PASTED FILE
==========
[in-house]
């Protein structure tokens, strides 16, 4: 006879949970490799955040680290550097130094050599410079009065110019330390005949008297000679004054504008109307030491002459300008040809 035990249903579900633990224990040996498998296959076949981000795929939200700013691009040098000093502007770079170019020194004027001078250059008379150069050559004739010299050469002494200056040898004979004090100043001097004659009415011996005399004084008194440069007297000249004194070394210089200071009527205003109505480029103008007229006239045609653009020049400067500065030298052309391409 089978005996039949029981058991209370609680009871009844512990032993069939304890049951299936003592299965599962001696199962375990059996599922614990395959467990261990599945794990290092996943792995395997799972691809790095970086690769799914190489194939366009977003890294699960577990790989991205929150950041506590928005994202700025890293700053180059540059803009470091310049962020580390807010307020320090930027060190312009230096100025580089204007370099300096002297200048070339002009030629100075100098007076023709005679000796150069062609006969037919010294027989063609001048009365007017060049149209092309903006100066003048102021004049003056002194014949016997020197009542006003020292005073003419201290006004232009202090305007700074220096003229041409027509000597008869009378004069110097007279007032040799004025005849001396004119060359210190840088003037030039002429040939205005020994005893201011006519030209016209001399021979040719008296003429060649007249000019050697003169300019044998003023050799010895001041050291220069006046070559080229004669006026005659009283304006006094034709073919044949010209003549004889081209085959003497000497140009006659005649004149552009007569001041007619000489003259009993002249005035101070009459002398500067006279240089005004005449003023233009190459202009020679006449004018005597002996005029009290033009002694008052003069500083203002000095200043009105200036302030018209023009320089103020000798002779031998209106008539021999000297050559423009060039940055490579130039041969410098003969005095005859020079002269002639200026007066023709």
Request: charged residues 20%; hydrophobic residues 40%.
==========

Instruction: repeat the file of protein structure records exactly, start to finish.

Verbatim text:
[in-house]
């Protein structure tokens, strides 16, 4: 006879949970490799955040680290550097130094050599410079009065110019330390005949008297000679004054504008109307030491002459300008040809 035990249903579900633990224990040996498998296959076949981000795929939200700013691009040098000093502007770079170019020194004027001078250059008379150069050559004739010299050469002494200056040898004979004090100043001097004659009415011996005399004084008194440069007297000249004194070394210089200071009527205003109505480029103008007229006239045609653009020049400067500065030298052309391409 089978005996039949029981058991209370609680009871009844512990032993069939304890049951299936003592299965599962001696199962375990059996599922614990395959467990261990599945794990290092996943792995395997799972691809790095970086690769799914190489194939366009977003890294699960577990790989991205929150950041506590928005994202700025890293700053180059540059803009470091310049962020580390807010307020320090930027060190312009230096100025580089204007370099300096002297200048070339002009030629100075100098007076023709005679000796150069062609006969037919010294027989063609001048009365007017060049149209092309903006100066003048102021004049003056002194014949016997020197009542006003020292005073003419201290006004232009202090305007700074220096003229041409027509000597008869009378004069110097007279007032040799004025005849001396004119060359210190840088003037030039002429040939205005020994005893201011006519030209016209001399021979040719008296003429060649007249000019050697003169300019044998003023050799010895001041050291220069006046070559080229004669006026005659009283304006006094034709073919044949010209003549004889081209085959003497000497140009006659005649004149552009007569001041007619000489003259009993002249005035101070009459002398500067006279240089005004005449003023233009190459202009020679006449004018005597002996005029009290033009002694008052003069500083203002000095200043009105200036302030018209023009320089103020000798002779031998209106008539021999000297050559423009060039940055490579130039041969410098003969005095005859020079002269002639200026007066023709």
Request: charged residues 20%; hydrophobic residues 40%.